• On March 31, 2015, FDA announced the availability of a draft guidance for industry entitled ‘‘Development and Submission of Near Infrared Analytical Procedures.’’ This draft guidance provides recommendations to applicants of new drug applications (NDAs) and abbreviated new drug applications (ANDAs) regarding the development and submission of near infrared (NIR) analytical procedures used during the manufacture and analysis of pharmaceuticals. This draft guidance only pertains to the development and validation of NIR analytical procedures and does not provide recommendations concerning the set up and qualification of NIR instruments or their maintenance and calibration. Comments are requested by June 1, 2015. More information may be found here.
  • On March 30, 2015, the Centers for Medicare and Medicaid Services (CMS) announced that it is seeking public comment on several information collection requests. These are entitled: 1) Information Collection for Machine Readable Data for Provider Network and Prescription Formulary Content for FFM QHPs; and 2) Cooperative Agreement to Support Navigators in Federally-facilitated and State Partnership Exchanges. Comments are due May 29, 2015. More information may be found here
  • On March 30, 2015, CMS announced an opportunity for the public to comment on CMS’ intention to collect information from the public. CMS has submitted the following information collection requests to the Office of Management and Budget (OMB) for review: 1) Verification of Clinic Data—Rural Health Clinic Form and Supporting Regulations; 2) Site Investigation for Independent Diagnostic Testing Facilities (IDTFs); and 3) Site Investigation for Suppliers of Durable Medical Equipment, Prosthetics, Orthotics and Supplies (DMEPOS). More information may be found here. Comments are due April 29, 2015.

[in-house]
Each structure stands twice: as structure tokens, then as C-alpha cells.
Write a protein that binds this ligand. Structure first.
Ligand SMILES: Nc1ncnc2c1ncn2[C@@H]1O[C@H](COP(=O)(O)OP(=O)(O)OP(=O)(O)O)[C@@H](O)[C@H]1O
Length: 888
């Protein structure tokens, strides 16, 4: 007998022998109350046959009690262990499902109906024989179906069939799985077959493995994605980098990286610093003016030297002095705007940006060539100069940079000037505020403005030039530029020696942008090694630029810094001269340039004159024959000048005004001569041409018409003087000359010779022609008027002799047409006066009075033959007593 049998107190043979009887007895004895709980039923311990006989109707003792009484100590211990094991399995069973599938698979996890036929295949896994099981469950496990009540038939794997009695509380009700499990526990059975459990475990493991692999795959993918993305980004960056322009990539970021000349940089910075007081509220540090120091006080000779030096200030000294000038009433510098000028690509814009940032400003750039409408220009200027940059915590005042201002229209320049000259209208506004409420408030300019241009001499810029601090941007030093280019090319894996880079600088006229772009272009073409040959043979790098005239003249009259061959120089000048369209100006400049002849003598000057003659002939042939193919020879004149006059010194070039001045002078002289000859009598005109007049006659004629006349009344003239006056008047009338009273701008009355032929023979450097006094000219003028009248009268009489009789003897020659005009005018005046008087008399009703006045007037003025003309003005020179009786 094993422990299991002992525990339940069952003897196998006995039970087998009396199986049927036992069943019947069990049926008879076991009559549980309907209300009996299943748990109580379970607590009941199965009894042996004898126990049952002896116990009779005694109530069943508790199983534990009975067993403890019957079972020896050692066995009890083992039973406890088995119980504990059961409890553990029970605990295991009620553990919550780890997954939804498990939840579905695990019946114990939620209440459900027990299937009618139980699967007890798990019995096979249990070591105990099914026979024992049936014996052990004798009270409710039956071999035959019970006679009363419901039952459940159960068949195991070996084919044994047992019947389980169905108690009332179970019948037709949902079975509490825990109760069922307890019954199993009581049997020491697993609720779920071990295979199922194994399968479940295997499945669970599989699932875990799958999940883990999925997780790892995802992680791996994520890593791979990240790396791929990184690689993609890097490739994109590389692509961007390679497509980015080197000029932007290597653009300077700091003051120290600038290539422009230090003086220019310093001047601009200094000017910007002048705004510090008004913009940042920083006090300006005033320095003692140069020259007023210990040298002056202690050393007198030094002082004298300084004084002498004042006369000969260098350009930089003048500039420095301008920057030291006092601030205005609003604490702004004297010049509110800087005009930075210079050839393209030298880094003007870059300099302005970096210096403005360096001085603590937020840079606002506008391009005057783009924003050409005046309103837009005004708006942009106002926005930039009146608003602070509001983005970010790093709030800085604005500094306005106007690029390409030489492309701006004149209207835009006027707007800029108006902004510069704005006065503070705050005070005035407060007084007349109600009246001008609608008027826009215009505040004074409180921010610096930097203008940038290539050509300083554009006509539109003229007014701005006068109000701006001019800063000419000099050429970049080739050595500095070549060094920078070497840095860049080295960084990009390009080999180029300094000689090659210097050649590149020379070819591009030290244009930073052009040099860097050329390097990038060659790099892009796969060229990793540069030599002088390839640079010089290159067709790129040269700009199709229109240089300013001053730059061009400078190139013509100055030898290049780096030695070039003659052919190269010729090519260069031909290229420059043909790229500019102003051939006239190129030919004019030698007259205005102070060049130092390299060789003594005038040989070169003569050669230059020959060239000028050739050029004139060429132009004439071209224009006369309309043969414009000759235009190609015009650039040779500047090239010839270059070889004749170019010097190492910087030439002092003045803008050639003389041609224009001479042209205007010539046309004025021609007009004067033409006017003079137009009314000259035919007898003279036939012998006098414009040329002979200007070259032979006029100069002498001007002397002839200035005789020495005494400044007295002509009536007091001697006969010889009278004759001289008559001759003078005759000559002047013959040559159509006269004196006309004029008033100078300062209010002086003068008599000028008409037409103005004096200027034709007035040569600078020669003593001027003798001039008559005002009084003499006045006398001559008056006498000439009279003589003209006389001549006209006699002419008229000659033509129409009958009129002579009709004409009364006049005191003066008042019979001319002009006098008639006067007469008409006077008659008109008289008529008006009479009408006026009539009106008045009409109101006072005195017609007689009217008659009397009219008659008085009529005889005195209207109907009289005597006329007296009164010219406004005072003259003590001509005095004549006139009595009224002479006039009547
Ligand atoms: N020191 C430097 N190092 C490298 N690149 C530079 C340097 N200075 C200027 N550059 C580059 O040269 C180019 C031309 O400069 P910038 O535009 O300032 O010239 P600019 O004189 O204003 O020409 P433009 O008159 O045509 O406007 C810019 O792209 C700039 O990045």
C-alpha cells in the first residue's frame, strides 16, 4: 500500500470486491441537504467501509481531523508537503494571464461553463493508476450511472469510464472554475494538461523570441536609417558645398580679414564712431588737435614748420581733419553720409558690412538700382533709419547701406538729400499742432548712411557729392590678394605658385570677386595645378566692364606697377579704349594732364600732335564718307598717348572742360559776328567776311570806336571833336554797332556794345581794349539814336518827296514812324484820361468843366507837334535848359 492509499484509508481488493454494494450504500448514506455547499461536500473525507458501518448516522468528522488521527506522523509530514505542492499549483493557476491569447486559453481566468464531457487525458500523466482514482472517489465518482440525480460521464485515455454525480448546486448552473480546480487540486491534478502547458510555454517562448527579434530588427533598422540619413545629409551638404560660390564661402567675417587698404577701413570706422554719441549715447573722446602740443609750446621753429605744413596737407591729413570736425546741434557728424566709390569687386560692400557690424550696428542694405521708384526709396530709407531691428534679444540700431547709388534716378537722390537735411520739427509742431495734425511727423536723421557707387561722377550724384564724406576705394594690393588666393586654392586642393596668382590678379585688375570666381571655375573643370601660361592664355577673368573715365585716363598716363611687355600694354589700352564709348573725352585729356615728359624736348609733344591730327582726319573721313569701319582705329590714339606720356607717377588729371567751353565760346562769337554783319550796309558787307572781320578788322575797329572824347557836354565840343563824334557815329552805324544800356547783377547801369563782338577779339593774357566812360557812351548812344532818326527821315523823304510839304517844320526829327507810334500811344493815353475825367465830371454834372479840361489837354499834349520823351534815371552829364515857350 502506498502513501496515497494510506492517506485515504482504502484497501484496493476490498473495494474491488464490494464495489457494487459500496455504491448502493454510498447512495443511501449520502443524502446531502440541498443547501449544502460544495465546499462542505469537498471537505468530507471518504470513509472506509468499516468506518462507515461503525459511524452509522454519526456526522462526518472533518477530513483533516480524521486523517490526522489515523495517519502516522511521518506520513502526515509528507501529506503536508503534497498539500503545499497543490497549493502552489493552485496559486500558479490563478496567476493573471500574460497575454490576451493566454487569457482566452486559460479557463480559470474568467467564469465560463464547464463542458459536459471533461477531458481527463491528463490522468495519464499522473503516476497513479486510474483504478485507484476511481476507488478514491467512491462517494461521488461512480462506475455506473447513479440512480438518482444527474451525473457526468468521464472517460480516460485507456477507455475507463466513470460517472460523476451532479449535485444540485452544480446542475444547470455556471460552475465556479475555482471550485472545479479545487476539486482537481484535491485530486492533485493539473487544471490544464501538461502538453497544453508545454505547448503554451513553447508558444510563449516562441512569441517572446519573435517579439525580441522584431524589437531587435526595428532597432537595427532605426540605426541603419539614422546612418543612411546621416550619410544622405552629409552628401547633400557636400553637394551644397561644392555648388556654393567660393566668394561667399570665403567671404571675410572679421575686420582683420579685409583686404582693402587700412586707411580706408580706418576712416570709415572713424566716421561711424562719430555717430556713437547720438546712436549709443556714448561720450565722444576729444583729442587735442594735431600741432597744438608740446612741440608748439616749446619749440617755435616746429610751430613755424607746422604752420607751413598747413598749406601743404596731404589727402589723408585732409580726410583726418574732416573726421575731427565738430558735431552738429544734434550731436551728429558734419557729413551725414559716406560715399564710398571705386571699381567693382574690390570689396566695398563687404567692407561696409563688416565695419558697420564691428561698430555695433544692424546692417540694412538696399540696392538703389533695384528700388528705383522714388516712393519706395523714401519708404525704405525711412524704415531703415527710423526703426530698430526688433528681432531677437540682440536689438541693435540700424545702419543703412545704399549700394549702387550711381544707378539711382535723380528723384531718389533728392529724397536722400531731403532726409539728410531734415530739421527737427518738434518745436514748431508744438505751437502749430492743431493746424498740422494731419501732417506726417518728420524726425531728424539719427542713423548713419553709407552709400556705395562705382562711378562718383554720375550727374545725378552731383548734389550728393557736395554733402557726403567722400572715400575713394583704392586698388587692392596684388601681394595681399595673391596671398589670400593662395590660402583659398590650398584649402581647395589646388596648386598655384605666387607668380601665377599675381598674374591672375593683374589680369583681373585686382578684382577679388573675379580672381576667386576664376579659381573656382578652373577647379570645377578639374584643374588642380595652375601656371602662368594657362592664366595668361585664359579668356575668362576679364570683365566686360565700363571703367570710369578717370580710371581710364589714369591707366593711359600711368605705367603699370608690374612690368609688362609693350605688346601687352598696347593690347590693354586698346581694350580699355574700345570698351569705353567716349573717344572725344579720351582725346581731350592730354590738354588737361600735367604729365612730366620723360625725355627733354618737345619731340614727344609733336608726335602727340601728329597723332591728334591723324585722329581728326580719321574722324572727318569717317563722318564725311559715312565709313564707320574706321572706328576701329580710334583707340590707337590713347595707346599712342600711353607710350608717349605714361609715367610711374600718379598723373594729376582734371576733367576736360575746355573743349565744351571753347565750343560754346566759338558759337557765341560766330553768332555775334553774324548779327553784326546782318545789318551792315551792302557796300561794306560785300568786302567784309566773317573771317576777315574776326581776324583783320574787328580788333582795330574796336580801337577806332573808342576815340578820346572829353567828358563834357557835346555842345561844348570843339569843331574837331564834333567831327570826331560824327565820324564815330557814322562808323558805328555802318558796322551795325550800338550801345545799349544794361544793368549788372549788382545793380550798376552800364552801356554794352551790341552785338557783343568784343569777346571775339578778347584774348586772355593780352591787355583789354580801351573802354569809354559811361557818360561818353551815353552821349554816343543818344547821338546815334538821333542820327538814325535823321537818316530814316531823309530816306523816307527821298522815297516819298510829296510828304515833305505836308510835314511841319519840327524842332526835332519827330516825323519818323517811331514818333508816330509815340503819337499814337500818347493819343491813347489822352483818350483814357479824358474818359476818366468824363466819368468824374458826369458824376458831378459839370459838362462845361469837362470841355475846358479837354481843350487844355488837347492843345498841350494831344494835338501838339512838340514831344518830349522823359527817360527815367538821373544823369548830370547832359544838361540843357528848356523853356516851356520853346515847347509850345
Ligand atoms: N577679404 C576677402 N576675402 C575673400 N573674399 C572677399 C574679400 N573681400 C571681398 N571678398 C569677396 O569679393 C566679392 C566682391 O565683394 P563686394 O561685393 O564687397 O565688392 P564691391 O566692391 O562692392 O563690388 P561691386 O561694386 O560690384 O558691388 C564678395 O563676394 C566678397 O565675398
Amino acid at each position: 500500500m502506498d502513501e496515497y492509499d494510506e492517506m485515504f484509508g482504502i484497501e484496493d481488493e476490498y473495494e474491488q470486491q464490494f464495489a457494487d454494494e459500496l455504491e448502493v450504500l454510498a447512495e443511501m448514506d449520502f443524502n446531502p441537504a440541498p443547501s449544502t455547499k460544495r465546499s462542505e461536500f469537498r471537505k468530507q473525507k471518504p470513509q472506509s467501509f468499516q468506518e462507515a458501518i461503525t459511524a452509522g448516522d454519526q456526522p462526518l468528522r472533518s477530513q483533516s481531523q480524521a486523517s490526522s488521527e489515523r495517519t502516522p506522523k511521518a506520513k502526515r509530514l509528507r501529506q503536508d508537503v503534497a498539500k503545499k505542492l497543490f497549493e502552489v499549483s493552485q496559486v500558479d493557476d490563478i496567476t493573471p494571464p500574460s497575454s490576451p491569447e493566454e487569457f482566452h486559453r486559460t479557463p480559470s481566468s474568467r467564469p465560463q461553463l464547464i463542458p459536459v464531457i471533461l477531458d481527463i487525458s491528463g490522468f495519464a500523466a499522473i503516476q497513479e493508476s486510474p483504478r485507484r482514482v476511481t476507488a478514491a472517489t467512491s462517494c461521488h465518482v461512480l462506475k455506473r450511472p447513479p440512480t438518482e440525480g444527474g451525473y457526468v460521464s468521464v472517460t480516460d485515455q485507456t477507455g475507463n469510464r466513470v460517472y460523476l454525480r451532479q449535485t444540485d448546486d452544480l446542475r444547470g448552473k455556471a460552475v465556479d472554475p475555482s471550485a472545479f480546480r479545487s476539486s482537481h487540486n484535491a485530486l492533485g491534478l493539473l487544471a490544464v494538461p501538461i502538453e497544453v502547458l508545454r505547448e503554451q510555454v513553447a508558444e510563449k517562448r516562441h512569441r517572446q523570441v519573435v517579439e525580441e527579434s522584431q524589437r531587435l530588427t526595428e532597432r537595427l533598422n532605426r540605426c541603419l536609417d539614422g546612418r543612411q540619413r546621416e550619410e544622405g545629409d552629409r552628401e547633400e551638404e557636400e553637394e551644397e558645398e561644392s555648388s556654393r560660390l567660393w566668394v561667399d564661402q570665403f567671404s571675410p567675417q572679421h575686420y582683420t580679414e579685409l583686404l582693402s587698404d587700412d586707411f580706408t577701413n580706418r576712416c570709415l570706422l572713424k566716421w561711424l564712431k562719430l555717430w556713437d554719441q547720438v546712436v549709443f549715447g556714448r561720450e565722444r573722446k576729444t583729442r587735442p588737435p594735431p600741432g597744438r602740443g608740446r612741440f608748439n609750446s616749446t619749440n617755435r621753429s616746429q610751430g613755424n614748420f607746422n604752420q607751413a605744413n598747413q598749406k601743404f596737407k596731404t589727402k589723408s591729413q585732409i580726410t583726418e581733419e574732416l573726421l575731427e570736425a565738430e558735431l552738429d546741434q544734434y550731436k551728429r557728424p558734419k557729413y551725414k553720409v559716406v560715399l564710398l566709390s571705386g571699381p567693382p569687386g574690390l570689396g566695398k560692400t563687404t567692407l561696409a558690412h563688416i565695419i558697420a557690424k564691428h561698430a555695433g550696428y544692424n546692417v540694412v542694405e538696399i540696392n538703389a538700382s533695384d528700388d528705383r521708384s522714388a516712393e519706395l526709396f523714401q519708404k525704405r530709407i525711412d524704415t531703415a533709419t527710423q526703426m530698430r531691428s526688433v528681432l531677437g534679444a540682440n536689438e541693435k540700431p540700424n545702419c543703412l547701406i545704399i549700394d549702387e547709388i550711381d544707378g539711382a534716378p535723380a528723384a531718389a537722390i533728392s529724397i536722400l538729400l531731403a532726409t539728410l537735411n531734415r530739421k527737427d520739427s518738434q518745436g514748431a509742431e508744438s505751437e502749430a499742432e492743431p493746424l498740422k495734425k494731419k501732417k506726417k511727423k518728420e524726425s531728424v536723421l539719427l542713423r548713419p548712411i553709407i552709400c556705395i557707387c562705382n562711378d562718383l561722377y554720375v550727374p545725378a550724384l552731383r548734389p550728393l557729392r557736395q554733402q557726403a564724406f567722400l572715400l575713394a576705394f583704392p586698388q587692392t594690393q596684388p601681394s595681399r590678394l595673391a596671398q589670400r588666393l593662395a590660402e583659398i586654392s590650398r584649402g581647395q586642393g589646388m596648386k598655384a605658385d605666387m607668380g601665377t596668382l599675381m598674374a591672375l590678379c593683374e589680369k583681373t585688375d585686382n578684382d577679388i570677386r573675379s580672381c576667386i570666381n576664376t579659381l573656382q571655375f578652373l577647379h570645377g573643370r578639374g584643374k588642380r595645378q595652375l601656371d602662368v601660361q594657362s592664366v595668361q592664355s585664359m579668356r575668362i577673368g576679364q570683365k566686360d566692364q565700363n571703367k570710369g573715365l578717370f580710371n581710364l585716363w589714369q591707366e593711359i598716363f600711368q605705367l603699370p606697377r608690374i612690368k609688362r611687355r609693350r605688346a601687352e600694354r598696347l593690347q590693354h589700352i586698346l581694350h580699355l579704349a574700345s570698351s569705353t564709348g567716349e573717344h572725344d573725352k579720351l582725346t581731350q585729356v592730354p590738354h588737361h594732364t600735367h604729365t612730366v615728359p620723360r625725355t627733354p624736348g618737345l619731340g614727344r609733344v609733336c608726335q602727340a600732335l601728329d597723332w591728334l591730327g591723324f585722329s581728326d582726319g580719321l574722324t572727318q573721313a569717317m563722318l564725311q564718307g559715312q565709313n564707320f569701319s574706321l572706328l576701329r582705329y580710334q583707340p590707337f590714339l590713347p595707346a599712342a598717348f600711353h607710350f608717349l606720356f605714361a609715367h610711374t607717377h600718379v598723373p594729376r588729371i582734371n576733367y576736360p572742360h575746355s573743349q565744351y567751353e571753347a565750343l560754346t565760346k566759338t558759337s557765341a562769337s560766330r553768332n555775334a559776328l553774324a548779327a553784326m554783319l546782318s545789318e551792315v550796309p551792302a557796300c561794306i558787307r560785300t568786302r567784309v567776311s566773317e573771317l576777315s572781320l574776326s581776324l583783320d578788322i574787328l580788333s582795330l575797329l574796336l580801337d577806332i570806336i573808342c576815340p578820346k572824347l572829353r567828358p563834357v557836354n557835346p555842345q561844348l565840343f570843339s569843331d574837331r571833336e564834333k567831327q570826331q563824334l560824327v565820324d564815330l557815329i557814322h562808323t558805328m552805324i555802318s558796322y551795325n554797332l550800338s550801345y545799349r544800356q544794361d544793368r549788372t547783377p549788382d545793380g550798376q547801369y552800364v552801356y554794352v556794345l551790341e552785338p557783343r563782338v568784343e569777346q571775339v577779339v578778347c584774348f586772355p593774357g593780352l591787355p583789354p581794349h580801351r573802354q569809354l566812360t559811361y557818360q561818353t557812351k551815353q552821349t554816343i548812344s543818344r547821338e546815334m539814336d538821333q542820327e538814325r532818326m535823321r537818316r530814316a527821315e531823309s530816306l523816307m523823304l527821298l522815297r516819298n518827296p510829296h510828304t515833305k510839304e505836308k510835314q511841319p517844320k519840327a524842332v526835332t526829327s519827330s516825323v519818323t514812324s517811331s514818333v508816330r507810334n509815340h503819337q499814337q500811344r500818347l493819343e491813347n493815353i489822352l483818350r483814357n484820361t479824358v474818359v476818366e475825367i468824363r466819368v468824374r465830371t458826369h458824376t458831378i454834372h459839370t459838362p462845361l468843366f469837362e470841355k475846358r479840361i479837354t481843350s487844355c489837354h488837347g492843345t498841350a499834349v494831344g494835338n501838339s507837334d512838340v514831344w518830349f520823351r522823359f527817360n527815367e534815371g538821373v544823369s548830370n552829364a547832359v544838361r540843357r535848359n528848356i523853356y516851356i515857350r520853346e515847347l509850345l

• On March 30, 2015, HHS, the Department of Labor, and the Treasury released a Frequently Asked Questions document regarding Affordable Care Act (ACA) implementation, which delays implementation of revised summary of benefits and coverage (SBC) templates and now says the updated forms must be used for all coverage as of Jan. 1, 2017, rather than Sept. 15, 2015. The Departments anticipate the new template and associated documents will be finalized by January 2016 and will apply to coverage that would renew or begin on the first day of the first plan year (or, in the individual market, policy year) that begins on or after January 1, 2017 (including open season periods that occur in the Fall of 2016 for coverage beginning on or after January 1, 2017). The document states that the Departments, “…are fully committed to updating the template and associated documents (including the uniform glossary) to better meet consumers’ needs as quickly as possible.” 
  • On April 1, 2015, FDA released a draft guidance document for industry entitled “Procedures for Meetings of the Medical Devices Advisory Committee”. The Center for Devices and Radiological Health (CDRH) is issuing this guidance to provide additional information regarding the processes for meetings of the Medical Devices Advisory Committee panels other than the Dispute Resolution Panel (DRP). This guidance describes the general circumstances in which CDRH consults with a panel, the process for exchange of information between CDRH, the members of the panel, industry, and the public, and the conduct of panel meetings. This guidance supplements existing FDA Agency-wide guidance on the conduct of Advisory Committee meetings. Comments should be submitted by June 1, 2015. More information may be found here